here is a striking blue building on Toronto’s eastern waterfront. Wrapped top to bottom in bright, beautiful artwork by Montreal illustrator Cecile Gariepy, the building — a former fish-processing plant — stands out alongside the neighbouring parking lots and a congested highway. It’s been given a second life as an office for Sidewalk Labs — a sister company to Google that is proposing a smart city development in Toronto. Perhaps ironically, the office is like the smart city itself: something old repackaged to be light, fresh and novel.
“Our mission is really to use technology to redefine urban life in the twenty-first century.”
Dan Doctoroff, CEO of Sidewalk Labs, shared this mission in an interview with Freakonomics Radio. The phrase is a variant of the marketing language used by the smart city industry at large. Put more simply, the term “smart city” is usually used to describe the use of technology and data in cities.
No matter the words chosen to describe it, the smart city model has a flaw at its core: corporations are seeking to exert influence on urban spaces and democratic governance. And because most governments don’t have the policy in place to regulate smart city development — in particular, projects driven by the fast-paced technology sector — this presents a growing global governance concern.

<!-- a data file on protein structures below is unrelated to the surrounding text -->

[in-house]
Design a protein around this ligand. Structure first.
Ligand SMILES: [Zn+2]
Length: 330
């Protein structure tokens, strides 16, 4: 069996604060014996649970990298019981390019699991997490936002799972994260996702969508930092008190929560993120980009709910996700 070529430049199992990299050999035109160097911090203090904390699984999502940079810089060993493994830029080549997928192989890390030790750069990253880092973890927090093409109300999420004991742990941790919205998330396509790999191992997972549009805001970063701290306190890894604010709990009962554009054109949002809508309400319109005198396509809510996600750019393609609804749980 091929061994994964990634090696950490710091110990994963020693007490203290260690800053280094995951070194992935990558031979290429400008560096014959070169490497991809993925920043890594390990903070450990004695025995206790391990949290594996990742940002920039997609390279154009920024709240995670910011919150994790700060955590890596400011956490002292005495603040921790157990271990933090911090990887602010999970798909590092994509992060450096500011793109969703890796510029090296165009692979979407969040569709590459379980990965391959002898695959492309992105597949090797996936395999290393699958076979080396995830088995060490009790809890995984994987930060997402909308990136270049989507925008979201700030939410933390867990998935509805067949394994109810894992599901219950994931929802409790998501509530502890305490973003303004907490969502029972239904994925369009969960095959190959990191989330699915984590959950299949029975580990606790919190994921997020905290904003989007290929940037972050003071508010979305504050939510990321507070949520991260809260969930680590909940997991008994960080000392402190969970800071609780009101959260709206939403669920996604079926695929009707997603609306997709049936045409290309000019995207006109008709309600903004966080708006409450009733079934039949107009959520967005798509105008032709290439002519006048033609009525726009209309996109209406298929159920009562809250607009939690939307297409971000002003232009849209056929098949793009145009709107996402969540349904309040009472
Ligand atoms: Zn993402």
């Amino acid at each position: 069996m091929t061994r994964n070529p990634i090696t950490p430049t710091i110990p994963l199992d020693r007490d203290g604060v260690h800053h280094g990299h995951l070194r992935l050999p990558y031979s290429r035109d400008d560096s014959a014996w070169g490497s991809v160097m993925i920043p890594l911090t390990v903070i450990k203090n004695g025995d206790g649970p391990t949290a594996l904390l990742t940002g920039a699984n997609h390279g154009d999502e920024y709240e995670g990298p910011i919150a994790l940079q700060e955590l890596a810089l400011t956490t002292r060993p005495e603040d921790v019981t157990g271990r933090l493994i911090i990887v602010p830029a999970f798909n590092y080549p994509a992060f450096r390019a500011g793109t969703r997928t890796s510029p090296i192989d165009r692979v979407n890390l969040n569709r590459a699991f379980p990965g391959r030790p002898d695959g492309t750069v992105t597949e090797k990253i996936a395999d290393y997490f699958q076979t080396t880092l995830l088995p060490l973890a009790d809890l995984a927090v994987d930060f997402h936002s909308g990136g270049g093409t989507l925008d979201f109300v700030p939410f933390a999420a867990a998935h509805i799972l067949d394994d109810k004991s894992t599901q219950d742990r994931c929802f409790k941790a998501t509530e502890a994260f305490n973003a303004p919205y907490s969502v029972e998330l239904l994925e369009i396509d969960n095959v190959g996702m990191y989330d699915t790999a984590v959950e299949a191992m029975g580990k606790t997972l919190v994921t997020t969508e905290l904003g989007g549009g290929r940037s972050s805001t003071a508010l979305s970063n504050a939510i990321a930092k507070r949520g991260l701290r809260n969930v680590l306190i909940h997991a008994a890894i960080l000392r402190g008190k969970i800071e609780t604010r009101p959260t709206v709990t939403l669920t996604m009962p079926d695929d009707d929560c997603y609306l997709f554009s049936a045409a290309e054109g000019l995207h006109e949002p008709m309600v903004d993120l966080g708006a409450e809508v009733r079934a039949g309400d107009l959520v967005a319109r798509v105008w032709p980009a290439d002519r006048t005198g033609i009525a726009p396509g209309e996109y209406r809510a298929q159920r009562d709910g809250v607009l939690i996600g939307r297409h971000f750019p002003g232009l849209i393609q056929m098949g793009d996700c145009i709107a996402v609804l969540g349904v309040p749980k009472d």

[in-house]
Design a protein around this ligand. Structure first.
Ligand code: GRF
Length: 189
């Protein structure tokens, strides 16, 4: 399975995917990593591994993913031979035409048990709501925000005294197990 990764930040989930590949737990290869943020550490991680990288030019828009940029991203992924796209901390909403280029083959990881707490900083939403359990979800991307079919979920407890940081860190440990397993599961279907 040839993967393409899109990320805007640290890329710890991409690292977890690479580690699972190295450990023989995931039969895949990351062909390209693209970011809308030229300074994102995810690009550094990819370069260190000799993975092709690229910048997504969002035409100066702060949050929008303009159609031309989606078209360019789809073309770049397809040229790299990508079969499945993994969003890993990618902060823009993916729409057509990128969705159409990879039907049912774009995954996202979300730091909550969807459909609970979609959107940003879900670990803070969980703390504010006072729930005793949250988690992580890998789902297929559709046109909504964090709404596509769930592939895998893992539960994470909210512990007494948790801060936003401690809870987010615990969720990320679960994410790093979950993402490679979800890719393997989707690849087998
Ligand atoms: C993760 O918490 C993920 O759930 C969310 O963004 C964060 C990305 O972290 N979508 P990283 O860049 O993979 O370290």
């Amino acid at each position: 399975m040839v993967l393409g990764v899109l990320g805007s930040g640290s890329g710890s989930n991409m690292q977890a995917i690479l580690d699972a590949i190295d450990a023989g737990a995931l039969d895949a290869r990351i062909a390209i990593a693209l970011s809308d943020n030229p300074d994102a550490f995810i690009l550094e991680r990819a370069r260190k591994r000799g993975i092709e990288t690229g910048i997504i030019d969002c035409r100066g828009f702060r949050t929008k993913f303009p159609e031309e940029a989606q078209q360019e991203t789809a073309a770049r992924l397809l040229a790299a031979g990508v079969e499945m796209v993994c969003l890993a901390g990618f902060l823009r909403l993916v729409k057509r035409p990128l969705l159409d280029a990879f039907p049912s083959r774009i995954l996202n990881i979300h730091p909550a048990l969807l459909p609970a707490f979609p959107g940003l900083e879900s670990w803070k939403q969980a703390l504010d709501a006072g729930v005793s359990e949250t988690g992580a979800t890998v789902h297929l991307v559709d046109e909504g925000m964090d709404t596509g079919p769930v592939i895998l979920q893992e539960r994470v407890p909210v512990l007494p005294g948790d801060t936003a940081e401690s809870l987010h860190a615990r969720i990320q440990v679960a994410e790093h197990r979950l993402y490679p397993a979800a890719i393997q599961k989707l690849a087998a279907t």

This is where the story usually descends into warnings of smart city dystopia or failure. Loads of recent articles have detailed the science fiction-style city-of-the-future and speculated about the perils of mass data collection, and for good reason — these are important concepts that warrant discussion. It’s time, however, to push past dystopian narratives and explore solutions for the challenges that smart cities present in Toronto and globally.
To understand the questions that Sidewalk Labs is forcing policy makers to grapple with, it’s important to understand some of the context around the proposed Toronto development. Be forewarned: it’s an odd-couple scenario with a complicated backstory.
Sidewalk Toronto is a joint venture smart city project created by Sidewalk Labs and Waterfront Toronto.
Waterfront Toronto is a not-for-profit corporation leading the renewal of Toronto’s waterfront. Three orders of Canadian government (federal, provincial and municipal) are equal, non-equity-share sponsors and have provided the corporation with seed capital to transform 2,000 acres of brownfield waterfront land. A board of directors, appointed by the three levels of government, oversees the strategic direction of the corporation, which began seeking a partner to help develop a small 12-acre plot of land, known as Quayside, in early 2017.